Cheryan, Plaut, Davies, & Steele (2009) found that by altering the environment, students’ perceptions of and interest in CS could be impacted for the better. What if targeted changes in CS classroom environments were made to reinforce more positive verbal behaviors? Perhaps concurrent with dynamic programming and pair programming approaches? [ e.g. specific description of the behaviors (‘social algorithms’) used when interacting with others? Teaching that not every conversation is a competition or opportunity for self-aggrandizement?] What if students were asked to model ‘social algorithms’ (and systems’ effects) in environments such as NetLogo? It’s quite an awkward proposition. How many people are drawn to tech careers (even at an early age – and wishes lead to careers cf. Tai, Liu, Maltese, & Fan, 2006) because they know their social oddities are not only tolerated but perhaps celebrated?

    Barker, L. J., & Garvin-Doxas, K. (2004). Making visible the behaviors that influence learning environment: A qualitative exploration of computer science classrooms. Computer Science Education, 14, 119–145.
    Cheryan, S., Plaut, V. C., Davies, P. G., & Steele, C. M. (2009). Ambient belonging: How stereotypical cues impact gender participation in computer science. Journal of Personality and Social Psychology, 97(6), 1045–1060. doi:10.1037/a0016239
    Drash, P. W., & Tudor, R. M. (2004). An analysis of autism as a contingency-shaped disorder of verbal behavior. The Analysis of Verbal Behavior, 20, 5.
    Margolis, J., & Fisher, A. (2003). Geek Mythology. Bulletin of Science, Technology & Society, 23(1), 17–20. doi:10.1177/0270467602239766
    Rasmussen, B., & Håpnes, T. (1991). Excluding women from the technologies of the future?: A case study of the culture of computer science. Futures, 23(10), 1107–1119. doi:10.1016/0016-3287(91)90075-D
    Tai, R. T., Liu, C. Q., Maltese, A. V., & Fan, X. T. (2006). Planning early for careers in science. Science, 312, 1143–1145.

    Reply
  • 15. Jon  |  July 18, 2013 at 5:09 am

    Provocative title. I think different area of IT have to be examined seperately. Server and network engineers can be very different in personality to developers, as they perform distinctively different jobs. The latter are more cerebral than the former, the former more practical and pragmatic than the latter, as a generalised rule.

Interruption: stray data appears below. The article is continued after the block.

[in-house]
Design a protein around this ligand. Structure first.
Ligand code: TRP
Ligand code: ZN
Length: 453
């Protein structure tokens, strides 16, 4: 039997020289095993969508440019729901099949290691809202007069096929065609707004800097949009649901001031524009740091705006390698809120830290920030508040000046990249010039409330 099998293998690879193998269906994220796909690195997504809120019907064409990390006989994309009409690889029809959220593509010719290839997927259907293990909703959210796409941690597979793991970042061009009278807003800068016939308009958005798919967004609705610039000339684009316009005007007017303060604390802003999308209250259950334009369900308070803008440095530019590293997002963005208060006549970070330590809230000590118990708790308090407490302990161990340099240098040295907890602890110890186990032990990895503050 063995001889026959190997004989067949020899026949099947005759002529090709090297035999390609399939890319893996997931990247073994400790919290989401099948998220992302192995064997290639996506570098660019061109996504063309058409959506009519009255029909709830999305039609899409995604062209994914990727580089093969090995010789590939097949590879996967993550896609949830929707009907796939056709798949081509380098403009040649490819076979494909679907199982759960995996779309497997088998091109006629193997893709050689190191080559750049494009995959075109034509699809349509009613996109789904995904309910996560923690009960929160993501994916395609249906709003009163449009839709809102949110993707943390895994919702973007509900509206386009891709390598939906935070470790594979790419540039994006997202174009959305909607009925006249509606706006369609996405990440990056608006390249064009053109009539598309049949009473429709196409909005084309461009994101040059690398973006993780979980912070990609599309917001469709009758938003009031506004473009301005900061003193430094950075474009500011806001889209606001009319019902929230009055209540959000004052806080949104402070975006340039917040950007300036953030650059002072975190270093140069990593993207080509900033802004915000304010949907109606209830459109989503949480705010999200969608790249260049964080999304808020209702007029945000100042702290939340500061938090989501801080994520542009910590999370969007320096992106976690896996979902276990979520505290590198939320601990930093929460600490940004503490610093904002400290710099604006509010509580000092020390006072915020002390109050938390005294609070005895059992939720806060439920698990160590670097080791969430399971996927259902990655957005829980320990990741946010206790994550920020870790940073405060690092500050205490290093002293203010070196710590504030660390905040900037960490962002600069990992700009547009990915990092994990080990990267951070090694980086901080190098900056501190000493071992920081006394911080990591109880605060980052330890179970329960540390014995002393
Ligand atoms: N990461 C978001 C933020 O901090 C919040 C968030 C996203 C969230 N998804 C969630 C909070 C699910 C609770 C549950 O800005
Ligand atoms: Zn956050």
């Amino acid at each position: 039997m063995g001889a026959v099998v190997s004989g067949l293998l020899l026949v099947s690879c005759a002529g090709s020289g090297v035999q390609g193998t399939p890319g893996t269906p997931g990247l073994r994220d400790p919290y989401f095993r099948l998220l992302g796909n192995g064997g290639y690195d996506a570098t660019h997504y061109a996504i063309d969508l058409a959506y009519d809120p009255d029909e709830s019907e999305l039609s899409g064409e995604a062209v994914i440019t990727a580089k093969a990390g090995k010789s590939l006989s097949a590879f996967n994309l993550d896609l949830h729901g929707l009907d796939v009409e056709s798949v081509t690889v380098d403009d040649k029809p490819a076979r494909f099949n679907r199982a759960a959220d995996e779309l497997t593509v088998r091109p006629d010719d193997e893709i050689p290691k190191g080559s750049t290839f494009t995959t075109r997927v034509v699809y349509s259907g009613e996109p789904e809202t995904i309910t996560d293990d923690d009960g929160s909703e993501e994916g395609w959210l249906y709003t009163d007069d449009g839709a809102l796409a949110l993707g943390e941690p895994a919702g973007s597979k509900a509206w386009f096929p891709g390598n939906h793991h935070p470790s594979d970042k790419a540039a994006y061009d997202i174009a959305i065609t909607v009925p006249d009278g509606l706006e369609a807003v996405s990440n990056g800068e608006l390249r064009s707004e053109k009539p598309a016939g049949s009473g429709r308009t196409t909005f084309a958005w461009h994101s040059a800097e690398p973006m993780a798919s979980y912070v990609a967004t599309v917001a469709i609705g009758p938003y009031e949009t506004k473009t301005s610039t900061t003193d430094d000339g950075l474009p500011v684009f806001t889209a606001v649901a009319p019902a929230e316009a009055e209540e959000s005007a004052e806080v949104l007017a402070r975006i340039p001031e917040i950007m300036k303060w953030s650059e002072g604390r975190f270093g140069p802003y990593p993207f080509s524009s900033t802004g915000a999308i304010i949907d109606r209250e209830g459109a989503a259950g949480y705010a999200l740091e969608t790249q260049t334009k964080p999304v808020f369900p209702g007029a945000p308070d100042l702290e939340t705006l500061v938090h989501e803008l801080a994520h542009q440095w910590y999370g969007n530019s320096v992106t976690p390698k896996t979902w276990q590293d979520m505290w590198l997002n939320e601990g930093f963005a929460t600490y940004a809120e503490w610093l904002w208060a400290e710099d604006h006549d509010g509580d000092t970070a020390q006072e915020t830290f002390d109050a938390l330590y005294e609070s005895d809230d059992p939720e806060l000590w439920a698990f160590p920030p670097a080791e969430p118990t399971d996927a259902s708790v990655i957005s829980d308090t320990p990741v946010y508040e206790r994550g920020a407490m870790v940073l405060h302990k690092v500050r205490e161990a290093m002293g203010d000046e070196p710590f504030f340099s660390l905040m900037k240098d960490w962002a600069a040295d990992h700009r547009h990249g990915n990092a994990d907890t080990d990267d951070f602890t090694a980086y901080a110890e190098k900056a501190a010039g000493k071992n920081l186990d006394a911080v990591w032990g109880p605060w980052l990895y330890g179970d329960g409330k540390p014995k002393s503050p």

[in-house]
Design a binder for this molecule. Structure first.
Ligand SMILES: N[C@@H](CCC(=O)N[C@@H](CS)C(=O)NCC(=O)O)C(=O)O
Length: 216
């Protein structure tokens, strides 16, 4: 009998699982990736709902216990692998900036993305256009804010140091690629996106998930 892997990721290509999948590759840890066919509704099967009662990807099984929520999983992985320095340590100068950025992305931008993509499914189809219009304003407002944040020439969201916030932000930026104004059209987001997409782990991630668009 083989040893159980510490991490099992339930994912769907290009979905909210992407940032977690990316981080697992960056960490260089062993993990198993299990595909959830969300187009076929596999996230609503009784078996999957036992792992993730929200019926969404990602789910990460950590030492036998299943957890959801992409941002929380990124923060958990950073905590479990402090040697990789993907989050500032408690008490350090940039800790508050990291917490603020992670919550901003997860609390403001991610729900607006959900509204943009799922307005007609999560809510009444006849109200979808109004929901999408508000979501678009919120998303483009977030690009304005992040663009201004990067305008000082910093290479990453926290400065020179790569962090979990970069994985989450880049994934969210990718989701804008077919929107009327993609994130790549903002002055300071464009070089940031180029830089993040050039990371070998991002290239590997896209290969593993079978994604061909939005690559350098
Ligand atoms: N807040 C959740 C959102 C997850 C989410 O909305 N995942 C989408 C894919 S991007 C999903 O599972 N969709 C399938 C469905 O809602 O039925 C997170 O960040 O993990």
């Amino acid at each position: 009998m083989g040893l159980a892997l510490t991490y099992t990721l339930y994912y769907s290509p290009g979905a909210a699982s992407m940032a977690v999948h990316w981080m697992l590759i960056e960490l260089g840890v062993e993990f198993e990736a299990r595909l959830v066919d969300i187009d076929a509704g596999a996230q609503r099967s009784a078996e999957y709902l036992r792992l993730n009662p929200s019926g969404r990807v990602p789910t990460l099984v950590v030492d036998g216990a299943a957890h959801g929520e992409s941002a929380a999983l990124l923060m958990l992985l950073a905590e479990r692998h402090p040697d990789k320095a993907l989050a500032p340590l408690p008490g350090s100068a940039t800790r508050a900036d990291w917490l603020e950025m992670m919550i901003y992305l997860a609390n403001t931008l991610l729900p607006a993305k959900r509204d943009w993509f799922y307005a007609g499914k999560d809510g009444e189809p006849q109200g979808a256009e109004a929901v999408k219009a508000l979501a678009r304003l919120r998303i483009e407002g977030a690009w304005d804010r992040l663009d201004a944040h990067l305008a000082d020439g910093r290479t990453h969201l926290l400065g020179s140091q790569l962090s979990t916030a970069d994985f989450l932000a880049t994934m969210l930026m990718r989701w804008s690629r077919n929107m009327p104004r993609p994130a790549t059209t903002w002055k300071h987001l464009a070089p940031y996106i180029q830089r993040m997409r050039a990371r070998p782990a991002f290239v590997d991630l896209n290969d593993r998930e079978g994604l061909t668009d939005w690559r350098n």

It’s pointless categorising “males in IT” as one and to my mind (27 years in the IT sector) no more useful than just looking at “all males”. It’s like comparing doctors to building site labourers. Each has their distinct social value, but equally has a different outlook on life.

    Is IT more “nasty” for women? I don’t know, I’m not a woman, but I’ve never heard any woman in my field (which BTW includes a lot of my female friends) voice that opinion. On the contrary, I know some highly successfull, well paid and well respected women in IT who are not battle axes.

    Policewoman, lawyer, stock trader, doctor? Yes, definitely, and we read about cases of discrimination and bullying all the time in the papers. But in IT, if a woman’s good, all the guys KNOW she’s put the work in and there’s usually tremendous respect from the majority of males for a woman in IT who knows her stuff.

    And yes, I put my money where my mouth is – I’ve hired several women myself over male counterparts, simply because they were by clear margin the best candidates, and nothing to to with quotas or the size of their chest. Which is exactly how people should be hired. Patronising, misogynistic males can be found in all walks of life, and they occur in IT too, and to be honest they are just as much a waste of life and pain in the butt to men and their employer as they are to women.

    BTW, when I was at school (14-16), we had two streams for Computer Science, about 60 students (this was 1981). My school gave priority to girls over boys who wanted to study the subject. Result: Two girls, 58 boys. Slightly less than physics and chemistry. And exactly the same ratio (but in reverse) for cookery – 30 girls and 1 boy.

    Perhaps we should investigate why more men aren’t nursery teachers. Or cooks. Or sewing machinists. Or yoga teachers. Or positively discriminate for men who want to pursue these careers. Or perhaps we should just recognise that men have different priorities and interets and motivators in a subject to women, and each is equal but interested in different things.

    Reply
    • 16. Mark Guzdial  |  July 18, 2013 at 7:19 am

      Except — women used to be in computing. Originally (1950’s), the job of “coder” was a female job. Even in the 1970’s, computer science classes were 40% female. Today, they’re around 10%.

      Reply
  • 17. Mark Guzdial  |  July 30, 2013 at 4:35 pm

    I find this thread in Stack Overflow relevant to this post and amazing — the moderators defending the right of IT professionals to be insulting in answering questions: http://meta.stackoverflow.com/questions/191089/why-do-we-let-hostile-users-dictate-the-perception-of-stack-overflow

    Reply